While in the driver’s seat, Farren has pushed her music into overdrive in the last year. In April of 2023, she released her EP Rabbit King, which featured four eclectic tracks meant to reflect the diverse emotional conflicts that live within everyone. From flirty melodies (“White Rabbit”) to flittering piano keys of devastation (“Happy”), Farren finds a way to encapsulate the human experience in her intensely-personal writing. In October of last year, Farren returned to drop the first of a string of subsequent singles: first was “I Must Like It,” followed by “Together Together” with featured artist BØRNS, and now “I’m Not Alone (I’m Lonely).” Each track flexes a different muscle for Farren, continuing to build on her varied collection of music to her name. Though they all live together in Farren’s discography, each song she records exists very specifically. “I really try to make my music as like a time capsule of whatever's going on in that time,” Farren details. “And I think a lot of people don't see all the stuff that goes behind a release. They're just like, ‘oh, this song's coming out now? That's what she's going through now.’ I feel like that's tough as an artist because of course you've done it like a year or two years before that - if you're lucky and you're on a good schedule.” The tracks that found their way onto Rabbit King were written just as Farren moved to Los Angeles, and they compared differently to the songs she created before that transition. Aside from the clear emotional connection she has to each song she writes, there is another revealing aspect of Farren’s art that key her into different stages in her life: “‘White Rabbit’ was a marker of that (particular) time in my life…I just look at the length of my hair. I'm like, whoa…in the “King” video, I'm like, I look like a witch. I have like 2 foot long hair. That's insane.” Her most recent singles, however, feel more relevant to the time she finds herself in now, with “I’m Not Alone (I’m Lonely)” representative of a specific scene she had to live through not long ago. “I guess it ended up working out because I like this song, but it was a very uncomfortable moment that brought it out,” she admits, somewhat-joking but mostly earnest.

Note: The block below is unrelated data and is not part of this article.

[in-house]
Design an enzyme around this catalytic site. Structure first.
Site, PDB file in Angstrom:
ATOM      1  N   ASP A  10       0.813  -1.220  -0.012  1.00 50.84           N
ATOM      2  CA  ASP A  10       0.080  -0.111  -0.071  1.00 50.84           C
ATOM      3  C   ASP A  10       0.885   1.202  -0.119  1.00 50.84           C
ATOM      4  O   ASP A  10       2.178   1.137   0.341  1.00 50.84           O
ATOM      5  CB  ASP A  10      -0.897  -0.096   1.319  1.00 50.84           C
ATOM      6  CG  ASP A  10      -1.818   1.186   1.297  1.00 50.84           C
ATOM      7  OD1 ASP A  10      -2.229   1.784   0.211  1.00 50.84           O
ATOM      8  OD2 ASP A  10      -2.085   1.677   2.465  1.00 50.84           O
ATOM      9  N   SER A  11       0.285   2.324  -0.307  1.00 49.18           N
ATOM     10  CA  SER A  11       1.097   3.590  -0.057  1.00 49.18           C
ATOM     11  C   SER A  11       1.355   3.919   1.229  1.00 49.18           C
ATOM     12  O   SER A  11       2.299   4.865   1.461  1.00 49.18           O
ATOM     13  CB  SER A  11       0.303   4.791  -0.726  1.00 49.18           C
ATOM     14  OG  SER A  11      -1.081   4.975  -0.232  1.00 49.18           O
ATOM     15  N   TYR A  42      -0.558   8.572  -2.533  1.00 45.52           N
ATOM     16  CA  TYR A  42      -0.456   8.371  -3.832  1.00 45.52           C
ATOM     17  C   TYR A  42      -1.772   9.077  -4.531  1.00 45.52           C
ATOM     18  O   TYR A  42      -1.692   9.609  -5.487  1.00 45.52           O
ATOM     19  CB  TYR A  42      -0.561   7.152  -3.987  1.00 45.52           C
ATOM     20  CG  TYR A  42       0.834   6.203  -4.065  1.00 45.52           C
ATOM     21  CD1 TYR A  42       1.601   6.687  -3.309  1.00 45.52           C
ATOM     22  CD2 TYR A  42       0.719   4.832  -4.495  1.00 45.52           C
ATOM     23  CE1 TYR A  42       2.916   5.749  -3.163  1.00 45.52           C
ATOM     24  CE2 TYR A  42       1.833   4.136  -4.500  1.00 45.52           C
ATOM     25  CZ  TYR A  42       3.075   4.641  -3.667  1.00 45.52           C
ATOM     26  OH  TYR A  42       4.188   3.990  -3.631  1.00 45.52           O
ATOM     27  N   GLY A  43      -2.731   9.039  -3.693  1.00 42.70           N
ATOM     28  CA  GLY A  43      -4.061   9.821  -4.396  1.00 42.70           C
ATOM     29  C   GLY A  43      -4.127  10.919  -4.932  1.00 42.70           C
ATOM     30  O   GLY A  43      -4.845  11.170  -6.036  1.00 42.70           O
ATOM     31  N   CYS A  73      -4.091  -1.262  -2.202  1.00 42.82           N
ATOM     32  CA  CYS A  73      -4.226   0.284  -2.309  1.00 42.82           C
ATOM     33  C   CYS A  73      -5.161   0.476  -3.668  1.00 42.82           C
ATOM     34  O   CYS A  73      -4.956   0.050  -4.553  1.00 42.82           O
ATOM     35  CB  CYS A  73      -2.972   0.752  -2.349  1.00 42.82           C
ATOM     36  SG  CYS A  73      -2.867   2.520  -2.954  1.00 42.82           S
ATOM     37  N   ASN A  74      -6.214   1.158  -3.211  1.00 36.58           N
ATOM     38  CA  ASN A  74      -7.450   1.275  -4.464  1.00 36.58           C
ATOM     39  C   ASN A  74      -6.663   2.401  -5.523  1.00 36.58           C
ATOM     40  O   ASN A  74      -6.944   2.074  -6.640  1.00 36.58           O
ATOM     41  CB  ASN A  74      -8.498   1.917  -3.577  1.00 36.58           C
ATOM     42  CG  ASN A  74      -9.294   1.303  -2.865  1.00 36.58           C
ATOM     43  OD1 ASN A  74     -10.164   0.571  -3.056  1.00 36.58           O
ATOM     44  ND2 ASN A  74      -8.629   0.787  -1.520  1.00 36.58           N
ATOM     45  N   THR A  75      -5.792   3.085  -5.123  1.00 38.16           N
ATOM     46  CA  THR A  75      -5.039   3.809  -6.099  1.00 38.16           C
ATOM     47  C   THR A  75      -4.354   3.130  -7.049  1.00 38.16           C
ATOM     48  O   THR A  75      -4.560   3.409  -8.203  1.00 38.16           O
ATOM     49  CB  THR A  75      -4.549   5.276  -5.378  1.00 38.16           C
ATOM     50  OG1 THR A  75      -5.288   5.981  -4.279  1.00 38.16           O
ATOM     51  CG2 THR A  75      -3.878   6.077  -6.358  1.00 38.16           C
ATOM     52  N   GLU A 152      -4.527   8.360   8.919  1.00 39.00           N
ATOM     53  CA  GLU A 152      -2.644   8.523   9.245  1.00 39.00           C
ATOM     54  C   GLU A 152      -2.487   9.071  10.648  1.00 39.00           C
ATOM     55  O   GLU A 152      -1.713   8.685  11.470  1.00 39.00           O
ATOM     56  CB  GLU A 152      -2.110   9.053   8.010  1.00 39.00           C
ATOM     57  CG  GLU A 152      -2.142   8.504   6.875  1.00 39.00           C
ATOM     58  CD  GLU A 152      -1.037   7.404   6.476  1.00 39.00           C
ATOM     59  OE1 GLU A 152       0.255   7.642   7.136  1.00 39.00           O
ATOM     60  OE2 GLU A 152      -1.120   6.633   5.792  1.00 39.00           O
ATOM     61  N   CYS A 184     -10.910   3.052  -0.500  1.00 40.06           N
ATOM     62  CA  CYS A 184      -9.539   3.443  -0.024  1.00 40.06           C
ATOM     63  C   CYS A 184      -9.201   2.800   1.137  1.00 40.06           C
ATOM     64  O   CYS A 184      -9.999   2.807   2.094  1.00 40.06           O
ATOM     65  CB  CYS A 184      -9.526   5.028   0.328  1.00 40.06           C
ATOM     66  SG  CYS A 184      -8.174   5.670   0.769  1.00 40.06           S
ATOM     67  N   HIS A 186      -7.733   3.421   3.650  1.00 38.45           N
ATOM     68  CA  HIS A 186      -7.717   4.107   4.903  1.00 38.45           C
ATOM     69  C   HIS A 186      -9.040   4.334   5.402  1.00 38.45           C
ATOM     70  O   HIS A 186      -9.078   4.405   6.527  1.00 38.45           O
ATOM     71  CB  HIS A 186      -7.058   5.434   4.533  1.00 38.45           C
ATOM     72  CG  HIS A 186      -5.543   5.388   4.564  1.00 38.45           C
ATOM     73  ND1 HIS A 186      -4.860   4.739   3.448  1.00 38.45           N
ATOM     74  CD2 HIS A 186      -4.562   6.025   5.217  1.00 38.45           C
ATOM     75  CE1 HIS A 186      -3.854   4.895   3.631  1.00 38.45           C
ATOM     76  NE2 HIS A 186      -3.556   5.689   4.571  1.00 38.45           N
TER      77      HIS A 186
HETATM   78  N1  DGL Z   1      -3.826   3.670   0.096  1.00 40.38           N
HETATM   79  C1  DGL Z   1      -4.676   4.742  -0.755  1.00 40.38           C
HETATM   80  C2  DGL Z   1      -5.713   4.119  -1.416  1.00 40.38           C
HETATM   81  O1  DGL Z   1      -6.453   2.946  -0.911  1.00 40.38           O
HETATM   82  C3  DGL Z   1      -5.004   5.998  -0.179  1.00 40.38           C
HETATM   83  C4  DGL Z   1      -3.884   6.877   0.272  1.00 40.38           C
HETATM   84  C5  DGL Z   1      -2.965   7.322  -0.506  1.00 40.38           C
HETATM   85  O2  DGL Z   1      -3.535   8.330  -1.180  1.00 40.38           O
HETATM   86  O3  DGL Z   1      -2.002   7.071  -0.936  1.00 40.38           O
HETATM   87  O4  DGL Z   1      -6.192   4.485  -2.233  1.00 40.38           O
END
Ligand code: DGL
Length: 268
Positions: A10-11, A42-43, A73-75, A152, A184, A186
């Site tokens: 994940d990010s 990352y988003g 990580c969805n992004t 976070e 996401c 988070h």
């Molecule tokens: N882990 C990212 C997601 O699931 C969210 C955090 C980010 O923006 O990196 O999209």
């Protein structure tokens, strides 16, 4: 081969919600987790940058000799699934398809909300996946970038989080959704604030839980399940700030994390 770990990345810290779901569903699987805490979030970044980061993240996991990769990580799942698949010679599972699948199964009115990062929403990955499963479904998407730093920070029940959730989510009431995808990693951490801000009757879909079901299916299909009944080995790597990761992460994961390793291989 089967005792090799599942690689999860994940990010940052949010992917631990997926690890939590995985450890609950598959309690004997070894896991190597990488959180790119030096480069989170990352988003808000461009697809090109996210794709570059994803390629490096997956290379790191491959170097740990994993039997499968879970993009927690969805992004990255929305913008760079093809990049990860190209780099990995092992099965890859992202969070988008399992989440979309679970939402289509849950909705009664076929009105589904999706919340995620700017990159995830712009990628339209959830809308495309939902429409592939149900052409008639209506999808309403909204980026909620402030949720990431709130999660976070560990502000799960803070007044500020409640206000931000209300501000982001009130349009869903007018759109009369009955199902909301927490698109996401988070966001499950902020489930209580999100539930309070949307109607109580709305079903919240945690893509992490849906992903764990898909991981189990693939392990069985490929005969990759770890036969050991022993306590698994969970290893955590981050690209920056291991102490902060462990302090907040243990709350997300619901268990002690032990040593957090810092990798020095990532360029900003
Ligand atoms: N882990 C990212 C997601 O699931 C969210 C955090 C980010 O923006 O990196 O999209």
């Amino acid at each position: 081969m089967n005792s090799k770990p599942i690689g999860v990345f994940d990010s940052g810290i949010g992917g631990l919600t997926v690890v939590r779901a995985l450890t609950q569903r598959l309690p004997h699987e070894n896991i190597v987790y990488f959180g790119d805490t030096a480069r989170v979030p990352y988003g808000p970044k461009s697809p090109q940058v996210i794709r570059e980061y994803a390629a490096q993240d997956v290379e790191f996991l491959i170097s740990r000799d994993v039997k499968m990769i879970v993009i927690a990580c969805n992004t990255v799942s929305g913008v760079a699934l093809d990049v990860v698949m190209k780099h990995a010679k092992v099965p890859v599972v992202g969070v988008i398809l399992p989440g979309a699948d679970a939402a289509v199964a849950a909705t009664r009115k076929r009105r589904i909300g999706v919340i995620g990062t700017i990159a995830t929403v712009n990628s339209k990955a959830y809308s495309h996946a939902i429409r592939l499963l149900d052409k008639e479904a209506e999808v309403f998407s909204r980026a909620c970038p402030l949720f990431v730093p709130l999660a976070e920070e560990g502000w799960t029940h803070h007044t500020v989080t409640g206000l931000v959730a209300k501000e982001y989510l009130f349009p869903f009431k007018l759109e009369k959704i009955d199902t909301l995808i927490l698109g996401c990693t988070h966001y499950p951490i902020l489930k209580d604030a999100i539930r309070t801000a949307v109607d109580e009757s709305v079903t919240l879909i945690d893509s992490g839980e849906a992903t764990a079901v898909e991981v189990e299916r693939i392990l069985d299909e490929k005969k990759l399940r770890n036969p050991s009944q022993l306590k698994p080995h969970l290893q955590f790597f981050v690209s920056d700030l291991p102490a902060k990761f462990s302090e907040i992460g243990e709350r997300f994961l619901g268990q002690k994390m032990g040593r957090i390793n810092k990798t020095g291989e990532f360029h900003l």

These kinds of growing pains - rolling with the punches, making the most of a less than ideal situation - seem natural to Farren. She’s had plenty of practice: by the time she was 18, the number of times her family had moved equaled her age. Born in San Francisco, Farren pinballed to new locations and struggled to find a core group of friends. When I ask her how she coped with the constant uprooting in her early life and the significance of stability in her life now, her reaction suggests I just hit her with a ton of bricks. She offers a solemn “damn…” before I apologize for the unexpected weight of the topic. Drudging forward with a more contemplative tone, Farren shares that the constant moving when she was younger felt normal to her, and she even continued the trend when she went out on her own. Beginning with stints in Palm Springs, Vegas, and New York, to name a few, Farren eventually found herself in a remote Croatian village, a retreat that gave her the opportunity to fully invest in her music. Growth, both personal and artistic, is a defining characteristic of that time in her life. “That shaped my ability to feel more secure in who I am right now,” she reflects. “I think I was really searching for something at that time, and I was not finding it. So when I got to LA and had this new sense of freedom out here and had my own place, I really felt like I'd done some serious reworking of who I was, fundamentally.” Farren’s time in Croatia was mostly isolating, far from anyone familiar to her; it was this uniquely distant experience that gave her the perspective necessary to write more broadly. “Before that, I was living in New York and I think a lot of my songs were this kind of confused, young, hopeless romantic, whatever. And now I feel like a lot of my songs are like, what's going on in the world? Am I OK?” It took thousands of miles for Farren to recenter and find her true place, but it seems she’s finally found a home within herself.